Yellowtail kingfish running hot
  |  First Published: March 2012

Yellowtail kingfish have turned up in great numbers with hoodlums averaging 7-11kg being caught inshore right along the coastline.

Trolling a wide variety of lures inshore from places such as Port Fairy and Killarney Beach have seen some real tussles going on between angler and fish.

Further out in depths of 100-200m, mako sharks from 60-175kg have been landed by hardy boaters willing to bring a frisky mako alongside the boat, let alone in it! Ballooning large fresh baits out from the stern in conjunction with plenty of berley has seen the best results.

Bottom bouncers fishing out wide in similar depths have been rewarded with Tasmanian striped trumpeter to 7.5kg! Caught on whole baby squid, these have to be one of the best eating fish around and not to be missed if you happen to be out fishing at these depths.

Closer inshore, King George whiting have become somewhat more plentiful with fish averaging 45cm coming on board. Fresh and local pipis will out-fish the frozen variety any day. Remember to use plenty of berley and give each spot at least 30 minutes before a move.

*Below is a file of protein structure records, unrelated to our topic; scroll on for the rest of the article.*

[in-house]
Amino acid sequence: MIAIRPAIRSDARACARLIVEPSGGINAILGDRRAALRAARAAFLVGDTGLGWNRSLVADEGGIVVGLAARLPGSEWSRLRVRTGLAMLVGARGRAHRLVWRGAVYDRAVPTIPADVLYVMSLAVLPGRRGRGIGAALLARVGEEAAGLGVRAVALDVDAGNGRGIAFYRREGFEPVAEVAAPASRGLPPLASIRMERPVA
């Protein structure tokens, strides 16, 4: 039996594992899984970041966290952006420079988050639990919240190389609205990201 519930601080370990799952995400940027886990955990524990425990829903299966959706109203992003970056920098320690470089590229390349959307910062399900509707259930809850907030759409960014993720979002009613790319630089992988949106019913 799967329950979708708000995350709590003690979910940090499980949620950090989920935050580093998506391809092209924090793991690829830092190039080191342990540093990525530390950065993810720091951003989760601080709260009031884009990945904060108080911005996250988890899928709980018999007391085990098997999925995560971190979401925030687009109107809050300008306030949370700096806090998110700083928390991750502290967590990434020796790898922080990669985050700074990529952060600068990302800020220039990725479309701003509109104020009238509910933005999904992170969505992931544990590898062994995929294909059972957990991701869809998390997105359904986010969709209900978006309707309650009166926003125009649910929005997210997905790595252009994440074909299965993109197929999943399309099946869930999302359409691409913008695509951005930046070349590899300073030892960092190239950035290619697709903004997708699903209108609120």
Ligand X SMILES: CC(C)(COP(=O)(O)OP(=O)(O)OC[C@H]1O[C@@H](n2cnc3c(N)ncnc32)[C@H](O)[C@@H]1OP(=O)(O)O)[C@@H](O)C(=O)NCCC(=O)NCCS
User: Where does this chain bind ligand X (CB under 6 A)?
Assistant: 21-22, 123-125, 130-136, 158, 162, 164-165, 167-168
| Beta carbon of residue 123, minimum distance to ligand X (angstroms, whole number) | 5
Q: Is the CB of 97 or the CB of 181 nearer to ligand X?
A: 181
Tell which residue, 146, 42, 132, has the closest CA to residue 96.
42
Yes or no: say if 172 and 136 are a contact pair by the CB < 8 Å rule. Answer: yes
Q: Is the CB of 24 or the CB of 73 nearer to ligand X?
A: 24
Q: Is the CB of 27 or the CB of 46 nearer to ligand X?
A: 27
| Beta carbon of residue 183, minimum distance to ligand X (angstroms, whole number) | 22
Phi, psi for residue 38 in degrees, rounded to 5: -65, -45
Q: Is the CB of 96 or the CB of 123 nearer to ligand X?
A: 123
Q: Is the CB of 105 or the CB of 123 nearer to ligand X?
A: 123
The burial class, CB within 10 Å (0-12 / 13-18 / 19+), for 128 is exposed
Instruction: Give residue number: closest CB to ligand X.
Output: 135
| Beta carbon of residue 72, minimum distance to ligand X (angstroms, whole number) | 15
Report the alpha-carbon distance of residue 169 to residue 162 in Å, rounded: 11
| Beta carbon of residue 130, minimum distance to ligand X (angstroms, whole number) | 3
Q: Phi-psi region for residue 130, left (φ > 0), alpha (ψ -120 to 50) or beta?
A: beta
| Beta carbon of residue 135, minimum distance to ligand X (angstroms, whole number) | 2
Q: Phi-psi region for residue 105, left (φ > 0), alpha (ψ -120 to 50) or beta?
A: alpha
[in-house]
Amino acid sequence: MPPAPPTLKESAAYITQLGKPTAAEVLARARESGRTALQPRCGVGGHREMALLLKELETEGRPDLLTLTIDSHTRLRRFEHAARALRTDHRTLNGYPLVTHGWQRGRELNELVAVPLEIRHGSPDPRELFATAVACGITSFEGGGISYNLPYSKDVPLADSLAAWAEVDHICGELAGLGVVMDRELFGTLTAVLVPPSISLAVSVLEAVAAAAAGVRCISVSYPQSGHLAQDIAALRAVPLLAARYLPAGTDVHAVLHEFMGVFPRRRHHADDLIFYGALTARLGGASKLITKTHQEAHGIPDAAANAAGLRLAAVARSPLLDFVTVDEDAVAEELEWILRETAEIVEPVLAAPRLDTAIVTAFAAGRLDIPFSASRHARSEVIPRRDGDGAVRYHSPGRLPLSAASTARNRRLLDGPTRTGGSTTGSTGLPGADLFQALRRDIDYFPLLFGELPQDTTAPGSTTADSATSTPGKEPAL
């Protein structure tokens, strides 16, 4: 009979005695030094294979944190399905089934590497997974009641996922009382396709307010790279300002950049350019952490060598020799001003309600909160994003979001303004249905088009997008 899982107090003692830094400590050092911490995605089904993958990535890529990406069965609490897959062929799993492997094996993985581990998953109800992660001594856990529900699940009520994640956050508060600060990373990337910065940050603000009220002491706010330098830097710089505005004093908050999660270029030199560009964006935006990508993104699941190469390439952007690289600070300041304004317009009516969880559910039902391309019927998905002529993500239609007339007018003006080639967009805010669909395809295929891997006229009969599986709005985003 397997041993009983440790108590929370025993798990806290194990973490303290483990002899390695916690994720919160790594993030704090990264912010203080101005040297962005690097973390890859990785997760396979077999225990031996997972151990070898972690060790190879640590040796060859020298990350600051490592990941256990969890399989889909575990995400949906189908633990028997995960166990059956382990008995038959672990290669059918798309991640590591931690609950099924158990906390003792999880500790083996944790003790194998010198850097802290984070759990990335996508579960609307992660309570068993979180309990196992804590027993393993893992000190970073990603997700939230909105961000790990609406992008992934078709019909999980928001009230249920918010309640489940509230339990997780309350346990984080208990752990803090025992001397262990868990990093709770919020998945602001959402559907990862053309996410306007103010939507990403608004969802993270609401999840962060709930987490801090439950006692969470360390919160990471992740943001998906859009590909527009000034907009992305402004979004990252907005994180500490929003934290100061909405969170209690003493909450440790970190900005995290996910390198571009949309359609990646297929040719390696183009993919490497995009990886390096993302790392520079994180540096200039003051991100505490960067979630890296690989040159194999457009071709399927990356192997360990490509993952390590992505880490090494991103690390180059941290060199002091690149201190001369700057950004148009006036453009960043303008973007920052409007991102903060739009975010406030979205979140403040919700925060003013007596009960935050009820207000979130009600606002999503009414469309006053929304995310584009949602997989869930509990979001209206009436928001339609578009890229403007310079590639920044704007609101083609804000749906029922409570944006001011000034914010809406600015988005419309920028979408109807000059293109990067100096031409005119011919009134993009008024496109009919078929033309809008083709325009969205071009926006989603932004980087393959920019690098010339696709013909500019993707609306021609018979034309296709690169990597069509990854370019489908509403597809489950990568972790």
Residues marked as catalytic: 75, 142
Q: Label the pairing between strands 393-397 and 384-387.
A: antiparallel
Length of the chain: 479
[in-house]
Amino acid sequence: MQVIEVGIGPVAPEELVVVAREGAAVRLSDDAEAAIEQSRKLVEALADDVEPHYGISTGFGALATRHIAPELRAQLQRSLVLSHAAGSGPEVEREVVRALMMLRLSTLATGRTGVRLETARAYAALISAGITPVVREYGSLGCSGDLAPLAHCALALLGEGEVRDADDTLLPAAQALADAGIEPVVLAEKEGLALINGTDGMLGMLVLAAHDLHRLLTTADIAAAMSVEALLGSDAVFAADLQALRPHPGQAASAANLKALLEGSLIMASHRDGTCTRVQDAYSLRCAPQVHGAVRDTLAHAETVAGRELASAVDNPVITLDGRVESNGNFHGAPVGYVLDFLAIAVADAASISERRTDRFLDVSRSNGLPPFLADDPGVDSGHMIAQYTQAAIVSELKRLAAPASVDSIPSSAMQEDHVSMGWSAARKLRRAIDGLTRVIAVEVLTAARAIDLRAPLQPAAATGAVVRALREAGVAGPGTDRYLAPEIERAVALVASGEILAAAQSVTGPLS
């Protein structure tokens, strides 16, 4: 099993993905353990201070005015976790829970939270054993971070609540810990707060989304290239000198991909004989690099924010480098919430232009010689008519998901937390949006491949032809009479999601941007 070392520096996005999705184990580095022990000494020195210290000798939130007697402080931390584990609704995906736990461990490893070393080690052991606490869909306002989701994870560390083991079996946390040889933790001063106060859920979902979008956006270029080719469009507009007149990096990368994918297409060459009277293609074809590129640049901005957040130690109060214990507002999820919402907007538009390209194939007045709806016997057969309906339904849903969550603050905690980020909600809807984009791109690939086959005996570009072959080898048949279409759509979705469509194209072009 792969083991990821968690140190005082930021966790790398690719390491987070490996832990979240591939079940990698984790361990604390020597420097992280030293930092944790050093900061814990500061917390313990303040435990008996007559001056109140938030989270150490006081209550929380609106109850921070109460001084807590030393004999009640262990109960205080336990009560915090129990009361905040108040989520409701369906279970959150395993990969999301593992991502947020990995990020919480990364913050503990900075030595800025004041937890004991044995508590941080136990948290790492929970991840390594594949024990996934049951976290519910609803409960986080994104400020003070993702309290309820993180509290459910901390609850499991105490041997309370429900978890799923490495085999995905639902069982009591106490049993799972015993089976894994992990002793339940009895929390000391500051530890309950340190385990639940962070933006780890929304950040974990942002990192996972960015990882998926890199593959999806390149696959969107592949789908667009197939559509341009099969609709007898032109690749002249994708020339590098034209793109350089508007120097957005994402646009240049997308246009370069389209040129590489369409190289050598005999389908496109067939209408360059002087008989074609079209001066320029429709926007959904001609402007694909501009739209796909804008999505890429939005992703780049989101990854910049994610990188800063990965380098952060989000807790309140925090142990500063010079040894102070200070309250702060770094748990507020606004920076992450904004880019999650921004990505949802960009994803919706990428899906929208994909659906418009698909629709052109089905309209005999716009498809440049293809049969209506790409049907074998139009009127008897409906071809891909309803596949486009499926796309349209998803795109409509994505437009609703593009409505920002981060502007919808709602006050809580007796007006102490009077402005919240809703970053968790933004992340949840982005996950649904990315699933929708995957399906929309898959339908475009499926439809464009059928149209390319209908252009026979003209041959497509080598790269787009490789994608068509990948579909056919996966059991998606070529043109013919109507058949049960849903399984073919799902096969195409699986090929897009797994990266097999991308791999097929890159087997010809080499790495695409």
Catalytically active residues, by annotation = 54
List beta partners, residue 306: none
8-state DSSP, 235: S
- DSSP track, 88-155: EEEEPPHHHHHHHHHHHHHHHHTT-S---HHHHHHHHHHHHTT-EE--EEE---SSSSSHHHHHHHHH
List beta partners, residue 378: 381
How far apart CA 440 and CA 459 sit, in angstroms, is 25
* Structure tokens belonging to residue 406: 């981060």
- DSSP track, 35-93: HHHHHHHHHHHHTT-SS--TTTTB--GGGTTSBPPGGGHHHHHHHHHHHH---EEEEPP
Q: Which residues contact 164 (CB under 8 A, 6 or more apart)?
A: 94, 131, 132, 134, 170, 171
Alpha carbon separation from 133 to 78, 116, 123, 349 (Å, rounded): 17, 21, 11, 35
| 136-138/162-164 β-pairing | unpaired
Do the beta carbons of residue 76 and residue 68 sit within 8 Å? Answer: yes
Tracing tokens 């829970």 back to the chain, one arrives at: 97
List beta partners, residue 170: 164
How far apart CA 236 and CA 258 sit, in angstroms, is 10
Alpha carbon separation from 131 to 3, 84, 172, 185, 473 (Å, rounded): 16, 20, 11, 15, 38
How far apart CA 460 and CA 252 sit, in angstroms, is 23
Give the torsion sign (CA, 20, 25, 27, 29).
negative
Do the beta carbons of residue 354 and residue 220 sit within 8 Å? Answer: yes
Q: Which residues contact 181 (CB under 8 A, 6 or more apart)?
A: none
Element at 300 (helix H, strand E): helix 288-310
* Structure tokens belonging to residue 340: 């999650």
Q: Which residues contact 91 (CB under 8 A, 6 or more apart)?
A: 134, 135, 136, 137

If wrasse turn up and pester your baits, shift position. An underrated and versatile fish is wrasse. If you pick up a male blue throated wrasse or blue nose, consider keeping him for the table. They’re not bad eating fresh. Another smaller female or juvenile will quickly change sex and colour and take over the running of the school.

Right along our coastline, surf fishos, rock hoppers and breakwall anglers have caught some good snapper to over 3kg. The fish are not thick on the ground but they are out there.

The Hopkins River has been prolific for bream averaging 32cm but rising to 42cm as I recently discovered. Estuary perch are also prolific but again averaging just 32cm but some thumpers have been caught, mainly at night, but they are the exception to the rule.

During the day the smaller variety seem to be on offer.

The Curdies River is still sporadic for bream, as they still seem to be scattered far and wide throughout the estuary. I do have two reliable reports of big fish to 43cm falling to soft plastics cast towards the bank upstream of the Curdievale (Boggy Creek) boat ramp.

This fishing frenzy happened from first light through to 10am when everything seemed to shut down.

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